The Sanadid Forces are not, even on their own inflated account of 4,500 fighters, large enough to be a military difference-maker, yet there is potential for the Shammar to help determine the direction of significant sections of north-eastern Syria by playing a role as a mediator between Arabs and Kurds, as Dahham did in Iraq after the fall of Saddam Husayn. (Dahham lived in Erbil from 2003, and returned to Syria in 2009.) The Shammar are not as large in Syria as Iraq, where they have their main branches, but the Shammar retain prestige and they were the de facto governing authority in the Jazira region, which Dahham now nominally rules again, before the onset of “modernization” and the coming of the centralized Syrian state.
That said, as Kheder Khaddour and Kevin Mazur have written, the Shammar-YPG relationship has actually created division among the Arab tribes in eastern Syria. Dahham’s proposal for the coordination of all Arab groups in the Jazira was rejected by the YPG and these groups themselves. The tribes’ fear a reimposition of Shammar hegemony, so prefer to deal with the YPG rather than Dahham to gain security for their local areas. This “cast[s] doubt upon the PYD’s claim that the Jazira Canton administration embodies the true will of ‘the Arab tribes’,” as the authors note. The fear of the Shammar—and indeed the YPG—has led to many tribes in the area retaining their links with the Assad regime. For the YPG, a disunited tribal and political landscape among the Arabs under its rule is the feature, not the bug. “The similarity of [the YPG] strategy [of dealing with tribes individually] to that adopted by the Islamic State,” Khaddour and Mazur write, is a reflection of “a legacy of Syrian state policies that aimed to create divisions between the tribes and even among their members. It displays a concern for the threat, however remote, that a unified Arab tribal population might pose to outside actors”.
2. Jabhat Thuwar al-Raqqa (Raqqa Revolutionaries’ Front)
Originally known as Liwa Thuwar al-Raqqa (The Raqqa Revolutionaries’ Brigade), the group was formed in September 2012 as a merger of several groups around Raqqa. LTR sometimes used Islamist-style imagery, but it was always primarily an anti-Assad nationalist group.
When Raqqa city fell to the insurgency in March 2013, it fell to a conglomeration of forces coming from outside, of which LTR was one. In the months after, LTR was part of the rebel effort to clear the regime from surrounding zones, notably Division 17, Brigade 93 and the Tabqa airbase. This period coincided with emergence of ISIS as a public entity in Syria and its schism with Jabhat al-Nusra. ISIS took charge of Raqqa city in August 2013 and expelled units like Ahfad al-Rasul. LTR tried to adapt itself—adding “al-Islami” to its name at one point—and when al-Nusra announced a return to the city in September 2013, LTR joined up as a means of protecting itself from ISIS. Al-Nusra made a serious effort, by proselytism and other means, to integrate LTR into its ranks; it didn’t take. In January 2014, the rebellion and al-Nusra went to war with ISIS, and it is quite clear that LTR and al-Nusra coordinated badly. In all practical senses, LTR’s relationship with al-Nusra ended around the time of the rebels’ anti-ISIS uprising, but it was in April 2014 that al-Nusra issued a formal notice of dissociation.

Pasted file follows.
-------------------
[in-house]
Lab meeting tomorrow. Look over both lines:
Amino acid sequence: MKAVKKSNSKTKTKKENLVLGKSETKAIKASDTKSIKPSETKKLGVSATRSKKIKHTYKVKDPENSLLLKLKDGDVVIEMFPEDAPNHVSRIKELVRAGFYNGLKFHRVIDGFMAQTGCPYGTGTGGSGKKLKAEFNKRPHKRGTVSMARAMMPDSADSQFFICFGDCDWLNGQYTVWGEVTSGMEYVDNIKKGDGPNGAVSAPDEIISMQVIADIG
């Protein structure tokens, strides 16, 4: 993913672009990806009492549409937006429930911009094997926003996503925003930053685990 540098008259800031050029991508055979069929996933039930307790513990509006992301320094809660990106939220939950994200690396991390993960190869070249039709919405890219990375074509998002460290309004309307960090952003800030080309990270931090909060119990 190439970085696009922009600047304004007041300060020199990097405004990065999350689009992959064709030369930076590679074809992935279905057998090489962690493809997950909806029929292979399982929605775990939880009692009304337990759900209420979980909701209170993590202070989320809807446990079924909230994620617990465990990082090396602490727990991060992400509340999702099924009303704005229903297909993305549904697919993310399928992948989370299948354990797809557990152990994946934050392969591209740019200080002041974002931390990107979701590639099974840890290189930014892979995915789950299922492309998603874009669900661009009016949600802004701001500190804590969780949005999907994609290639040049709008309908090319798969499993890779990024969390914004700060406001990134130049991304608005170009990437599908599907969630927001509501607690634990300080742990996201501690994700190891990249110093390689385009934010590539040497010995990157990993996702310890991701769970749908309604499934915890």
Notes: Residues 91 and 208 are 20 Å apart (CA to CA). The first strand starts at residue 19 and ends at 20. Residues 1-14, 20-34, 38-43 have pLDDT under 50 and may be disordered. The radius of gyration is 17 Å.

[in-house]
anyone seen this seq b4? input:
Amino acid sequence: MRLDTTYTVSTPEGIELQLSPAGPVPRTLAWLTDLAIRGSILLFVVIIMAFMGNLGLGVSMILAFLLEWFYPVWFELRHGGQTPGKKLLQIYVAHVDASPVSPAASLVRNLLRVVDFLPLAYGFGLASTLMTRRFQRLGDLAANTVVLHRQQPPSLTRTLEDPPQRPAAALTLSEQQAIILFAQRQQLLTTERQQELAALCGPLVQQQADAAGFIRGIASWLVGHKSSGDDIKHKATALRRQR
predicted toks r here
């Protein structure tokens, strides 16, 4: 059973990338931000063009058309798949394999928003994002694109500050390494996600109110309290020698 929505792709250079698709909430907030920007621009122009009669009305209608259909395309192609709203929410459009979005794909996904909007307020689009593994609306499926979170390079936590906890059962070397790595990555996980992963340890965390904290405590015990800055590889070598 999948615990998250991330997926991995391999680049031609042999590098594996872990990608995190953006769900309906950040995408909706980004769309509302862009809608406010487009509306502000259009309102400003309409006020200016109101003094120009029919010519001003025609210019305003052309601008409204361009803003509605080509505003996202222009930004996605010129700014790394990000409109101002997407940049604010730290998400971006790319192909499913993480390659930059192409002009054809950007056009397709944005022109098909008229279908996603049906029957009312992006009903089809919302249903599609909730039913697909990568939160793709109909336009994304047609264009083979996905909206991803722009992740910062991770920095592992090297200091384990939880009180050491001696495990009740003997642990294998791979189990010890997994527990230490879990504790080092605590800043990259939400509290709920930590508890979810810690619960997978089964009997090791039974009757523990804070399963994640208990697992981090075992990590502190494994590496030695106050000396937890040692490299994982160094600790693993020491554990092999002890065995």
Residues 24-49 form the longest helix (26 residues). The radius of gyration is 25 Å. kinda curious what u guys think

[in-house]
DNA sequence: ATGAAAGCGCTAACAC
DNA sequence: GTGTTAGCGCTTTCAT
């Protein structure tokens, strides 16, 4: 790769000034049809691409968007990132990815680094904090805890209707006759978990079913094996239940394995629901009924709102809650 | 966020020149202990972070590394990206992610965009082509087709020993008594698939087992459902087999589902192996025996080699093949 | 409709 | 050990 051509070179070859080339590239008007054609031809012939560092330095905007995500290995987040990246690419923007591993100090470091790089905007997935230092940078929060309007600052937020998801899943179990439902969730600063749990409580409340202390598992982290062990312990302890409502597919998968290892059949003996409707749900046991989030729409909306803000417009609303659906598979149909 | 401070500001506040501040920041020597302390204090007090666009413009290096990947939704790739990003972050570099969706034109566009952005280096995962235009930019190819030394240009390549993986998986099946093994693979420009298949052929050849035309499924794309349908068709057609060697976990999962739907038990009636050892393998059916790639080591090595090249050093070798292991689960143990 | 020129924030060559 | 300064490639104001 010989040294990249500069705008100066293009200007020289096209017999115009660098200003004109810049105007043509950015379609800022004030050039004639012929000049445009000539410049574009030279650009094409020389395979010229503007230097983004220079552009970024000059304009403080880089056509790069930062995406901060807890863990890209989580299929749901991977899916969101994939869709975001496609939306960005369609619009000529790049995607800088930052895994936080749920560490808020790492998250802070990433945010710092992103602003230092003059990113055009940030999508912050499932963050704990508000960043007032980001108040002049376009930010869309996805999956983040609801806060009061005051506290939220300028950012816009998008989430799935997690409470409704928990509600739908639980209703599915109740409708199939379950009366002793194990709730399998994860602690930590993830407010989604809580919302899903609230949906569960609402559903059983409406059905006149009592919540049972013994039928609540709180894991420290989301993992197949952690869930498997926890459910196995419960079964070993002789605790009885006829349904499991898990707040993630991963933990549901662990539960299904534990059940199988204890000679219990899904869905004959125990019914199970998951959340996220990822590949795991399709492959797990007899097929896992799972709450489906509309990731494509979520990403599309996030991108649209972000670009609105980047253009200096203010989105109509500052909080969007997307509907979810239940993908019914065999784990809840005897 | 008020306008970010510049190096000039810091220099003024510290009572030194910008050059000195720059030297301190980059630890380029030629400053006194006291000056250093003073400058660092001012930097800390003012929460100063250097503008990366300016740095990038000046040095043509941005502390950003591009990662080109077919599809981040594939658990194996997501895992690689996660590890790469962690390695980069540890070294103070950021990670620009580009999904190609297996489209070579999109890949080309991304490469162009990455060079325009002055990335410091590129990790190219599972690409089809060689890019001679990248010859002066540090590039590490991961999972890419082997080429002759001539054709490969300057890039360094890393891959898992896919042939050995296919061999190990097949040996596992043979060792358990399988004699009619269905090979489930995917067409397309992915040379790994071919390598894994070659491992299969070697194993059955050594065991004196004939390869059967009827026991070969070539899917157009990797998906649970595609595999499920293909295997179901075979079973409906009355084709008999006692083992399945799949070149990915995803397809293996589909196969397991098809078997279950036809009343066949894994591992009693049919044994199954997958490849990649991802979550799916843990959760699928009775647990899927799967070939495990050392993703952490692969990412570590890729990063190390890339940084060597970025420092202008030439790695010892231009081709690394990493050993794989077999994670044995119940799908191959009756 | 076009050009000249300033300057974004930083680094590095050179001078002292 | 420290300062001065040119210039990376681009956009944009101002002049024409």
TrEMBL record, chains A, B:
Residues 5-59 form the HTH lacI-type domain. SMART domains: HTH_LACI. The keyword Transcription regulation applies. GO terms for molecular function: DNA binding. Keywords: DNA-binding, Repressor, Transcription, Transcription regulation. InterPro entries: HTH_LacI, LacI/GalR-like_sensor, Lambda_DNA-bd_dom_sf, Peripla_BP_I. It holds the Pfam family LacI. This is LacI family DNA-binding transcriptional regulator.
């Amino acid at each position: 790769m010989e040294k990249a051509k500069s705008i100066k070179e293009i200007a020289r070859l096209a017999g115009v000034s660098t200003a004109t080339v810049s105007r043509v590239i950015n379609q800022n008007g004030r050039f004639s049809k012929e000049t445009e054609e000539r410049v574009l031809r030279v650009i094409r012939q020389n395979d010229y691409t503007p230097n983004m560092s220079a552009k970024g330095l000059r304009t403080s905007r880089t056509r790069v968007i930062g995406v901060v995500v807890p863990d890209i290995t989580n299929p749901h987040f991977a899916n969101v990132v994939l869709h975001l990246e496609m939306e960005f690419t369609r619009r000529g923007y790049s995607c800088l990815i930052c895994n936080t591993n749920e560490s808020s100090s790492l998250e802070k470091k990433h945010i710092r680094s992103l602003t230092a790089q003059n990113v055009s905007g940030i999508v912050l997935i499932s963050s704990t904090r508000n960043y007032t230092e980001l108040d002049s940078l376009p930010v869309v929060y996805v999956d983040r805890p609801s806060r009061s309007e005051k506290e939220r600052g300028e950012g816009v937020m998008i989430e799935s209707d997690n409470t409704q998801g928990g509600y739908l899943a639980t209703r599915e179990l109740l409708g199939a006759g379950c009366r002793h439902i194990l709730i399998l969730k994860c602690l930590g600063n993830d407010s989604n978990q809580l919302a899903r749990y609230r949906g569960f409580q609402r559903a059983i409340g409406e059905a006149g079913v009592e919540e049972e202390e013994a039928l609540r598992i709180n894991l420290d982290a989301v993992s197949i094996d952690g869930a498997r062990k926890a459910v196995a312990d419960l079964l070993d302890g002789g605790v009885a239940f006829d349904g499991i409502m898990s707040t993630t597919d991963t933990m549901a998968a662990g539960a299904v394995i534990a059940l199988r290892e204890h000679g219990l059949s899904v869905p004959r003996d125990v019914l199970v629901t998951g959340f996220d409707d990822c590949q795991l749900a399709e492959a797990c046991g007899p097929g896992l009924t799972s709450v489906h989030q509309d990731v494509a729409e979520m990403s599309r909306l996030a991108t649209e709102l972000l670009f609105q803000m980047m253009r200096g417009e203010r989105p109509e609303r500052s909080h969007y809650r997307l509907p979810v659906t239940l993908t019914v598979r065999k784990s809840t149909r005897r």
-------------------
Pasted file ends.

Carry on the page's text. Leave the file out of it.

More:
LTR, often in alliance with another FSA-branded group, Liwa al-Jihad fi Sabil Allah, that had been displaced to the Kobani area, continued sabotage operations against ISIS into the summer of 2014, but the cause was lost and soon the newly-renamed IS was besieging them in Kobani. LTR joined the YPG-dominated Burkan al-Furat (Euphrates Volcano) operations room, and as the YPG-led forces broke out of Kobani and moved toward Tel Abyad it was announced that only LTR would remain in Arab-majority areas and repentance was offered to collaborators with IS. Discarding all Islamist colouring, LTR reverted to FSA symbolism and became the PYD/YPG’s primary means of outreach to the tribes. LTR tried to organize a political track independent of the YPG for a post-IS Raqqa, but failed, and the YPG also retained tight control of the levers of real power in areas LTR nominally administered.
Even in this period where it was most weak, LTR did not fully subsume itself to the YPG: it had some independent capacity and politically it retained a program that, for example, opposed to the “division of Syria,” a rebuke to the perceived secessionist intentions of the YPG. With LTR signing onto the SDF in October 2015, and an intake of Arab recruits, LTR recovered some ground. One Arab unit—itself of recent creation—that joined the SDF was Jaysh al-Ashair (The Tribes Army), whose members originated mostly around Tel Abyad. LTR combined with the Tribes Army and rebranded as Jaysh Thuwar al-Raqqa (JTR).